Rating: ★ ★ ★ ★ ☆
Date Read: October 13 to 15, 2015
Read Count: 1
Available on Tor.com
A delightful little story that goes well with this time of year. Only downside is it’s too short. I hope Max Gladstone decides to expand on it because there are enough ideas here for a delightful full-length novel.
Ever wonder what Vlad the Impaler would be like as a family man going through a mid-life crisis? OF COURSE. That was how this story got me.
After hundreds of years as a vampire, Vlad falls for a human woman and decides to settle down and build a home with her. Together they have a son who is now 7 years old and has been having problems in school. Other than that, the family seems very happy, if only on the surface.
The story opens with Vlad bored out of his mind with domesticity. He misses his old life–blood, gore, and all, especially the blood–and reminisces constantly throughout the day. Pretending to be human used to be fun, because it was a game to him, but now after ten years, it’s a life (that often feels like a life sentence). The novelty has worn off some time ago, and Vlad begins to feel his old self trying to come back. He doesn’t let it though; he’s got too much to lose. There is, however, one bright spot in his dull existence, and that’s his son’s teacher. He meets with her every week to discuss the boy’s schoolwork, and the more time he spends with her, the more he feels his old urges returning.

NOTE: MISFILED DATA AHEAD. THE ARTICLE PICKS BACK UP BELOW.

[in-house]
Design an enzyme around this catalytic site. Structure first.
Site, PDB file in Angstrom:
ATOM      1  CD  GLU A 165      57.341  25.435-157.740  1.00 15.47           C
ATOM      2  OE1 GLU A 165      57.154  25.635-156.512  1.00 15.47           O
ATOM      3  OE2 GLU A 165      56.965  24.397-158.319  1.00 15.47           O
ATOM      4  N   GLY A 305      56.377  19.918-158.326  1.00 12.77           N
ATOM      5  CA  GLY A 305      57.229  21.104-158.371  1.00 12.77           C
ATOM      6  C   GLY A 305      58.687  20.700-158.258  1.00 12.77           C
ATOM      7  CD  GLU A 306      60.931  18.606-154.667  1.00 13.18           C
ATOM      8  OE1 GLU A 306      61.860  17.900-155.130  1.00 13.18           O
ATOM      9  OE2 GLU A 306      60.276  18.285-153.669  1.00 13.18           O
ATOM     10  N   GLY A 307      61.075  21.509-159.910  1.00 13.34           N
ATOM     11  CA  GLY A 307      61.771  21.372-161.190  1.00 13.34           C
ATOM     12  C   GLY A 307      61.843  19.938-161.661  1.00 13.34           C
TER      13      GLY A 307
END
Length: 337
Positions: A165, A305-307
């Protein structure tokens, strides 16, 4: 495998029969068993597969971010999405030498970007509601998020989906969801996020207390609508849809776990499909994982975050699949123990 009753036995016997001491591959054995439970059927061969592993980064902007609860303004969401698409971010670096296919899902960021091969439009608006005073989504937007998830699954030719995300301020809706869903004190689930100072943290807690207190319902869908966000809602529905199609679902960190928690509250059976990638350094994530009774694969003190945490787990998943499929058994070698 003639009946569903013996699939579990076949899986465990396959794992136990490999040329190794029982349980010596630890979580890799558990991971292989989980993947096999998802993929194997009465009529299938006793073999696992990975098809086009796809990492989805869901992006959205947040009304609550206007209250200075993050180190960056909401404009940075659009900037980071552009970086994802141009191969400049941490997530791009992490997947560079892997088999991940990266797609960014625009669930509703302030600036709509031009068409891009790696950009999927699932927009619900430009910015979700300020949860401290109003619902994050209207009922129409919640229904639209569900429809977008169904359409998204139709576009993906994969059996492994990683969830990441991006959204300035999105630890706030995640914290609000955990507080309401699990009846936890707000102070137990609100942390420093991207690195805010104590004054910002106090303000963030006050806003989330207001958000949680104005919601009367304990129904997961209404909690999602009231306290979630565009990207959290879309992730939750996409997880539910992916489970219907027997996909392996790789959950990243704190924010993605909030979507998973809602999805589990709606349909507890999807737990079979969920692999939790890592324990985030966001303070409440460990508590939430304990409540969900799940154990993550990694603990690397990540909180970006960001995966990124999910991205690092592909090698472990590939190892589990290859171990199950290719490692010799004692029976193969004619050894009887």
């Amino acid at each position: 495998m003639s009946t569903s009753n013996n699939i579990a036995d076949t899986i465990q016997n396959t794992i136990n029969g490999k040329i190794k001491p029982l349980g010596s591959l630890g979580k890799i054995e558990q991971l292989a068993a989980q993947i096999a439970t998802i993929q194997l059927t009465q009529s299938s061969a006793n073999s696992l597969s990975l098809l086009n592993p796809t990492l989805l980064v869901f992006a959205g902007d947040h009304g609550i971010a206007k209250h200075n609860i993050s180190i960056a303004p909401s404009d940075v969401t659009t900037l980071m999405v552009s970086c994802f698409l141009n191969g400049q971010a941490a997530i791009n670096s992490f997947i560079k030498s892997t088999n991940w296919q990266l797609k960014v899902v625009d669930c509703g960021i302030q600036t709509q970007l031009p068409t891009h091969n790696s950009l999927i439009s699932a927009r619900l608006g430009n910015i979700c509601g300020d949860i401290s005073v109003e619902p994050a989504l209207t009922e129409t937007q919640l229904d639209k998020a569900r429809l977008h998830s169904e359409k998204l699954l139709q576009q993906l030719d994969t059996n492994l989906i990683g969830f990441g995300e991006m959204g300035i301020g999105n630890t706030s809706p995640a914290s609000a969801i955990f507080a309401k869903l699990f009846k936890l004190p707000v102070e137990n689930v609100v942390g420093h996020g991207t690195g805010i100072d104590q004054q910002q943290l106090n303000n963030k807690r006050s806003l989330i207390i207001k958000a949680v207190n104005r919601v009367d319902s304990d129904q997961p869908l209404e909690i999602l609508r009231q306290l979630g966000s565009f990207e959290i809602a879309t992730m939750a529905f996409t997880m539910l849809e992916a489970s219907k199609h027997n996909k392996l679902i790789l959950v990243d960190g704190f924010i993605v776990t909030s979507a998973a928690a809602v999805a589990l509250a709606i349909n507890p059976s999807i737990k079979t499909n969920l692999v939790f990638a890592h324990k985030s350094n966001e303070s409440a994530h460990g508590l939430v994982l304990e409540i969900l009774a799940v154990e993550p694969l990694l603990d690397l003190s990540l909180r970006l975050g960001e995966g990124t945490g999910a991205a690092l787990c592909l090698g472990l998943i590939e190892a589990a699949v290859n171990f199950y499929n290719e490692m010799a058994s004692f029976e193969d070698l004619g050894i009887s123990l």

This story did not go where I thought it would go, which was a nice surprise. It makes me like it all the more for breaking out of the tired old urban-vampire trope. What I enjoyed most about this story, even more so than Vlad, is the prose. There’s a natural flow to it that’s pleasant to read, but at the same time, it’s got a bite to it, not unlike Vlad’s real teeth. There’s a sharpness and crispness to the structure that appeals to me.
Vlad no longer shows his wife his sharp teeth. He keeps them secret in his gums, waiting for the quickened skip of hunger, for the blood-rush he almost never feels these days.
The teeth he wears instead are blunt as shovels. He coffee-stains them carefully, soaks them every night in a mug with ‘World’s Best Dad’ written on the side. After eight years of staining, Vlad’s blunt teeth are the burnished yellow of the keys of an old unplayed piano. If not for the stain they would be whiter than porcelain. Much, much whiter than bone.
A game, he tells himself. Humans hunt these days, in the woods, in the back country, and they do not eat the meat they kill. Fisherman catch fish to throw them back. And this night run is no more dangerous to him than fishing to an angler. He leaves his oxfords on the schoolhouse rooftop and runs barefoot over buildings and along bridge wires, swift and soft. Even if someone beneath looked up, what is he? Wisp of cloud, shiver of a remembered nightmare, bird spreading wings for flight. A shadow among shadows.
He can’t go on like this. Woken, power suffuses him. He slips into old paths of being, into ways he trained himself to forget. One evening on his home commute he catches crows flocking above him on brownstone rooftops. Black beady eyes wait for his command.
This is no way to be a father. No way to be a man.
But Vlad was a monster before he was a man.
“Might as well kill me now.”
“I’m a monster.”
“You’re just more literal than most.”
Other than Vlad’s false teeth, nothing is conventional about the domesticity in this story.
Instead of accountant, Vlad should have been a dentist. I mean, come on, huge missed opportunity there.